Although it isn’t known exactly when the first option contract traded, it is known that the Romans and Phoenicians used similar contracts in shipping. There is also evidence that Thales, a mathematician and philosopher in ancient Greece used options to secure a low price for olive presses in advance of the harvest. Thales had reason to believe the olive harvest would be particularly strong. During the off-season when demand for olive presses was almost non-existent, he acquired rights-at a very low cost-to use the presses the following spring. Later, when the olive harvest was in full-swing, Thales exercised his option and proceeded to rent the equipment to others at a much higher price.
Meanwhile in Holland, trading in tulip options blossomed during the early 1600s. At first, tulip dealers used call options to make sure they could secure a reasonable price to meet the demand. At the same time, tulip growers used put options to ensure an adequate selling price. However, it wasn’t long before speculators joined the mix and traded the options for profit. Unfortunately, when the market crashed, many speculators failed to honor their agreements. The consequences for the economy were devastating. Not surprisingly, the situation in this unregulated market seriously tainted the view most people had of options. After a similar episode in London one hundred years later, options were even declared illegal.
In America, options appeared on the scene around the same time as stocks. In the early 19th century, call and put contracts — known as “privileges” — were not traded on an exchange. Because the terms differed for each contract, there wasn’t much in the way of a secondary market. Instead, it was up to the buyers and sellers to find each other. This was typically accomplished when firms offered specific calls and puts in newspaper ads.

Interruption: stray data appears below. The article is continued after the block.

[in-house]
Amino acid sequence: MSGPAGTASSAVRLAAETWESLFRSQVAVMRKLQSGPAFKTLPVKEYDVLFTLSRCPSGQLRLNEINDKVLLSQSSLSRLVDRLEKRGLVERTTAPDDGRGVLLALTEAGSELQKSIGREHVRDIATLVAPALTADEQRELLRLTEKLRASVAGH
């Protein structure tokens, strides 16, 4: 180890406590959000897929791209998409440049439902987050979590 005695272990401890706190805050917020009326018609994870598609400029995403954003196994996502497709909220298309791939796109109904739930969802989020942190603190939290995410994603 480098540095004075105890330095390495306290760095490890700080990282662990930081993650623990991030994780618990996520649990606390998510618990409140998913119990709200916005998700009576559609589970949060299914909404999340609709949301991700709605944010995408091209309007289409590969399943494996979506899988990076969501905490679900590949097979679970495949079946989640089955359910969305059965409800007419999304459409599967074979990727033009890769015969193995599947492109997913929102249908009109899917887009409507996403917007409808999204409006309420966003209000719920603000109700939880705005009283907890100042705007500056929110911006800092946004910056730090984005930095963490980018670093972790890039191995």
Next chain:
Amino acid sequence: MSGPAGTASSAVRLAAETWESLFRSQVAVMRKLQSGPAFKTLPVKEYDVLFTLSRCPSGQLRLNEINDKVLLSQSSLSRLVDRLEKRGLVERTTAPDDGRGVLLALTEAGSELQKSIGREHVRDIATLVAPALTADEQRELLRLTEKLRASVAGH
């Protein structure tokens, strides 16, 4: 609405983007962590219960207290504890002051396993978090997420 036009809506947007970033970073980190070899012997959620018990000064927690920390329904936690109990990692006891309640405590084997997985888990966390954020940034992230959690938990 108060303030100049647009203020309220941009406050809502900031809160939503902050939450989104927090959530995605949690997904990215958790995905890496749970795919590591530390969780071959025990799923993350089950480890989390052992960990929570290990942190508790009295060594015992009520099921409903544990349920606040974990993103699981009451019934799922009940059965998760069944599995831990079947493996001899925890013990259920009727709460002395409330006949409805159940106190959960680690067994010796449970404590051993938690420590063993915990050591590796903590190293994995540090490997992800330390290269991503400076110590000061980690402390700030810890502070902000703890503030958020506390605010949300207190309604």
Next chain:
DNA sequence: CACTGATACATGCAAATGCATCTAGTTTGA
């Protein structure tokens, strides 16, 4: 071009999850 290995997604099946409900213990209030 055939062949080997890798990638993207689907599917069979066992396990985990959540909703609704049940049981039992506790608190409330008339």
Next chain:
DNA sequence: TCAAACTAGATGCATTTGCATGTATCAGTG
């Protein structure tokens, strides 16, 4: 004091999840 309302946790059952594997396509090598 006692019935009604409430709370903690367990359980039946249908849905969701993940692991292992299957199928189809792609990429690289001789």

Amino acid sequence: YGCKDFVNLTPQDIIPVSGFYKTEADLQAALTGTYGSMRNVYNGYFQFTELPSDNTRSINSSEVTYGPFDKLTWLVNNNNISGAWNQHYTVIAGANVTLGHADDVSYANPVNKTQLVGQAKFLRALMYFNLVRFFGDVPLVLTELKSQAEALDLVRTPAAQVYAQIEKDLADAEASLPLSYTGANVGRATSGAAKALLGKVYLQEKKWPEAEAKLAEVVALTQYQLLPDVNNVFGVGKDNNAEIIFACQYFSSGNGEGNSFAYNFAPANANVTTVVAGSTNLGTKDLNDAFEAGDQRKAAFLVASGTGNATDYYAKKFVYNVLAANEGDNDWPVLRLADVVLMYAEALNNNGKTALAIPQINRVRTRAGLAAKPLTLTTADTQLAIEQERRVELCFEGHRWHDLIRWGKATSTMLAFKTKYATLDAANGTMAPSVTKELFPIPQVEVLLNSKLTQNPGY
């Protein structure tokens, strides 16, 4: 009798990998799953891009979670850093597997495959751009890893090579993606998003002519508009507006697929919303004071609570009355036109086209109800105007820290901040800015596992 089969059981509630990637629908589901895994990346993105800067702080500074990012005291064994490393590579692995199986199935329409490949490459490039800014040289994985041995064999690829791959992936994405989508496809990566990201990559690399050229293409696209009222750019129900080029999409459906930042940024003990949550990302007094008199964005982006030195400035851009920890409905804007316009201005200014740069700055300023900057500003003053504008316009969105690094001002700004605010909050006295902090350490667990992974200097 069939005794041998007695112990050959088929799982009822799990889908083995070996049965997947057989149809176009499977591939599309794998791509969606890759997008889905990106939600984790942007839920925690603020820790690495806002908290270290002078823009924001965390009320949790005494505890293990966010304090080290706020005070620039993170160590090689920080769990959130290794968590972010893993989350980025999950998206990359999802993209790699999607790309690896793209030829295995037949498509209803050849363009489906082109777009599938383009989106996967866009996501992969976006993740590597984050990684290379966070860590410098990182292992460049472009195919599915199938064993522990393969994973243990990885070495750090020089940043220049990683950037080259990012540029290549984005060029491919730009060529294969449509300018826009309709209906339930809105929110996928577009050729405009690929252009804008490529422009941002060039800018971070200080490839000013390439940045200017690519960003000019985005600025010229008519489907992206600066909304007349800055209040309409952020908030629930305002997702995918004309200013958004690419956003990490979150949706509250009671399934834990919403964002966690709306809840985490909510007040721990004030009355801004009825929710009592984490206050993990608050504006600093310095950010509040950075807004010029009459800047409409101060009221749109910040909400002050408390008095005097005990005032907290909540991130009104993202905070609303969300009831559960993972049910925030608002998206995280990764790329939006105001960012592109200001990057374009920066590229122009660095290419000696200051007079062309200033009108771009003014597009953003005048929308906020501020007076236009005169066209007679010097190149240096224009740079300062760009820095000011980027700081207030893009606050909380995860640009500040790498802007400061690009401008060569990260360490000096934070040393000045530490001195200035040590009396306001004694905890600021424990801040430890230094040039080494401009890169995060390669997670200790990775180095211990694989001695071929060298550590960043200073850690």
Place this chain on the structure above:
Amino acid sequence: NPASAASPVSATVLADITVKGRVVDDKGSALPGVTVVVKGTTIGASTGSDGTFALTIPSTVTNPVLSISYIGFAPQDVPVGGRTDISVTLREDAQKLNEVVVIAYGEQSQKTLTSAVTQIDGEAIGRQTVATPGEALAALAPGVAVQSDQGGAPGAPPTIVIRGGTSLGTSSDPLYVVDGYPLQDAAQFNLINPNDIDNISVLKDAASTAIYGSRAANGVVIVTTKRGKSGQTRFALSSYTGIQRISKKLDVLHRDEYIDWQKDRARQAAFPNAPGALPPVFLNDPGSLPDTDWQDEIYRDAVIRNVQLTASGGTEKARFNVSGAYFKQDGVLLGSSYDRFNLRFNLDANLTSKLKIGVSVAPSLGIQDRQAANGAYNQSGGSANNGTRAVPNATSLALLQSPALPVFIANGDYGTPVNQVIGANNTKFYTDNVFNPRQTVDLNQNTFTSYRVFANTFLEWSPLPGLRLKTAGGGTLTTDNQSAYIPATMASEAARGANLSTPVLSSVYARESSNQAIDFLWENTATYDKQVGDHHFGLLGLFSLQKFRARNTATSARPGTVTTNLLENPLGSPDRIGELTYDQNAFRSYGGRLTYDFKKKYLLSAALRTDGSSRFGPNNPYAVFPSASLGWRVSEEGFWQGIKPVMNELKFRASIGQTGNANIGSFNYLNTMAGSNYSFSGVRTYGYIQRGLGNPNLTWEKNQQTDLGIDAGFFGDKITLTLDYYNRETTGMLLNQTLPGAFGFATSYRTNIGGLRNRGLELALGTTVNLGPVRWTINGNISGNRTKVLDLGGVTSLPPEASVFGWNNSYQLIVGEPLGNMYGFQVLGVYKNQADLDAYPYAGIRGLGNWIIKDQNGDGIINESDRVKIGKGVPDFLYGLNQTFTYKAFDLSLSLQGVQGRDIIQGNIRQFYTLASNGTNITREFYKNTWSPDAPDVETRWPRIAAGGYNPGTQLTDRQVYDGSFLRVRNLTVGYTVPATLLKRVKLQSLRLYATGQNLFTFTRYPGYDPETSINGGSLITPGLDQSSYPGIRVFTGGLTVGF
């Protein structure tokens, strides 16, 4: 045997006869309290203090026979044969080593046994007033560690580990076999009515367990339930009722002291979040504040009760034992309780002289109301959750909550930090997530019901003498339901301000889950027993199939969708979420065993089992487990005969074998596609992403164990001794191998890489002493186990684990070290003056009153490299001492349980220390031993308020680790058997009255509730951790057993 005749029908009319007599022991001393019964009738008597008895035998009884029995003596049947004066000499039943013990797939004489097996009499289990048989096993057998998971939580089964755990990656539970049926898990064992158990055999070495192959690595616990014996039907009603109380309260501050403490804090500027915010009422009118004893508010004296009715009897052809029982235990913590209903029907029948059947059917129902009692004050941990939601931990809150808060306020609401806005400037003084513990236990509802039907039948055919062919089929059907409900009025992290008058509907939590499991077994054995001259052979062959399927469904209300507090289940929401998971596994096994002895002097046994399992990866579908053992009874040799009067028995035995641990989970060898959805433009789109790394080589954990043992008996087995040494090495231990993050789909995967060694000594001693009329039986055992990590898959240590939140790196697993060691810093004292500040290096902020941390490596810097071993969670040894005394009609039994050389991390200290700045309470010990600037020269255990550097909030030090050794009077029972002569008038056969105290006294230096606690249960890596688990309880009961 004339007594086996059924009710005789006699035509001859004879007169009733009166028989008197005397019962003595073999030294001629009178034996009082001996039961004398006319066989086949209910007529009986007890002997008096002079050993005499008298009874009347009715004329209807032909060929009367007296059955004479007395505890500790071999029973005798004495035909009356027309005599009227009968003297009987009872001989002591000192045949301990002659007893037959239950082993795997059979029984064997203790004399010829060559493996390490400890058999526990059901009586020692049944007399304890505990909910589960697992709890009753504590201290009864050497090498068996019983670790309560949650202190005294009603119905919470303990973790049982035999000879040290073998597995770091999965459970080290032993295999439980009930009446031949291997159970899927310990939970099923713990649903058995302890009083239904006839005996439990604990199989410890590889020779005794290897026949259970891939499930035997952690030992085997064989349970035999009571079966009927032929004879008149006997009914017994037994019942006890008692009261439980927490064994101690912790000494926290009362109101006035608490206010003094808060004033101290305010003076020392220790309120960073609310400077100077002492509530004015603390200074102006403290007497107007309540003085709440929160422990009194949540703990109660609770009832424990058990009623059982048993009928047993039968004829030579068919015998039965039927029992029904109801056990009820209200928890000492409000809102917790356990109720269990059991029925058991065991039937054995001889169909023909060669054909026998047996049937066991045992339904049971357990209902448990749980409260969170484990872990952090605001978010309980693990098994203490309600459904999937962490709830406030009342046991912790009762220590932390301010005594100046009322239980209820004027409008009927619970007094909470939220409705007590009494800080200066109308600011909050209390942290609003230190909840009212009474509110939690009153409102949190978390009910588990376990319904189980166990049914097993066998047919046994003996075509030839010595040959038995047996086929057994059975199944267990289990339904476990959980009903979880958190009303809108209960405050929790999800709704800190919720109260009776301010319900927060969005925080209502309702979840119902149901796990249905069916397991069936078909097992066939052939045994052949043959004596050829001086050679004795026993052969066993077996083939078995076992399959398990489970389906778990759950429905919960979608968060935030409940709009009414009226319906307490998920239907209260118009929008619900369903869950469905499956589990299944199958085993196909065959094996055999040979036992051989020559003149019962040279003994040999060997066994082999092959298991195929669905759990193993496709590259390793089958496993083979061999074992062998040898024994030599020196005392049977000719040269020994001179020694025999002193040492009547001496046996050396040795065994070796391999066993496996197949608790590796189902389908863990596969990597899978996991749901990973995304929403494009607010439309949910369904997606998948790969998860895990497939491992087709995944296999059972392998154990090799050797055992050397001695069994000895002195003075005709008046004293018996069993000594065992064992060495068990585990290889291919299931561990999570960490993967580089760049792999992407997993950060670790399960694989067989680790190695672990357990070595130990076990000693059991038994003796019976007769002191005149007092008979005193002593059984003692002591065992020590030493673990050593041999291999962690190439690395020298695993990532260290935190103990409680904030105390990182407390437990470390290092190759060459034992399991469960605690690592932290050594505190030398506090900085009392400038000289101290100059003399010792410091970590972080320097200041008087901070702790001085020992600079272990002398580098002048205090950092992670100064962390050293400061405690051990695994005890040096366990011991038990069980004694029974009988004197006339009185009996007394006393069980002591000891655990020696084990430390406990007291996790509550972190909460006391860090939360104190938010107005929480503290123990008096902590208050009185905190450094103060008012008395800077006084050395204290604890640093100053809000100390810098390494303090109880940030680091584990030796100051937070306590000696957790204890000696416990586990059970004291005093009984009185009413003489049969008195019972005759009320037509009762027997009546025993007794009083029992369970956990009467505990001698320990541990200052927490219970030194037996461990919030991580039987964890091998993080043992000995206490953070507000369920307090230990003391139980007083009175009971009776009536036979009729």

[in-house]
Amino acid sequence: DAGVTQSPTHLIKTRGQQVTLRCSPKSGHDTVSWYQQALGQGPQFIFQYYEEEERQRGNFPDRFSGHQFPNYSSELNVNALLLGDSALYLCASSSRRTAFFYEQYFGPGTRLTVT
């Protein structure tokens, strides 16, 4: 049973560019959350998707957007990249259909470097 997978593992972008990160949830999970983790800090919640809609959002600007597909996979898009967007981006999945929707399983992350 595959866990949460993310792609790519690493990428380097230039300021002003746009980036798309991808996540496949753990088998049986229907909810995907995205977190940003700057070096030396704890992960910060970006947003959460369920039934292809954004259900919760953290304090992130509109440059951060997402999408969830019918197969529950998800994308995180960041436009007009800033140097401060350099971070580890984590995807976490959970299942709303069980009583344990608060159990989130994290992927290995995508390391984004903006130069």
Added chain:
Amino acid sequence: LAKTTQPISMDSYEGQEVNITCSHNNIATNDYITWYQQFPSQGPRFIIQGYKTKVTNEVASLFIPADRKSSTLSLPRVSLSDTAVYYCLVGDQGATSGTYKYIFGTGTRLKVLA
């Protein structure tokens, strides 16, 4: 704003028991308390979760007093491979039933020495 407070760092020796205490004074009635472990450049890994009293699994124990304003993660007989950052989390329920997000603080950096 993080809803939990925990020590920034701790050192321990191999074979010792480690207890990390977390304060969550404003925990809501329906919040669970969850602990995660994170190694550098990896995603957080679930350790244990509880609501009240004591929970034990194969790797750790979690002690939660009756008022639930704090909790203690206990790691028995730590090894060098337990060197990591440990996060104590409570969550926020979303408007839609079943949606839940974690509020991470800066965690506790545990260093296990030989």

Not unlike what happened in Holland and England, options came under heavy scrutiny after the Great Depression. Although the Investment Act of 1934 legitimized options, it also put trading under the watchful eye of the newly formedSecurities and Exchange Commission (SEC).
For the next several decades, growth in option trading remained slow. By 1968, annual volume still didn’t exceed 300,000 contracts.
For the most part, early over-the-counter options failed to attract a following because they were cumbersome and illiquid. In the absence of an exchange, all trades were done by phone. To make matters worse, investors had no way of knowing what the real market for a given contract was. Instead, the put-call dealer functioned only to match the buyer and seller. Operating without a fixed commission, the dealer simply kept the spread between the price paid and the price sold. There was no limit to the size of this spread. Worse yet, all option contracts had to be exercised in person. If the holder of the option somehow missed the 3:15 pm deadline, the option would expire worthless regardless of its intrinsic value.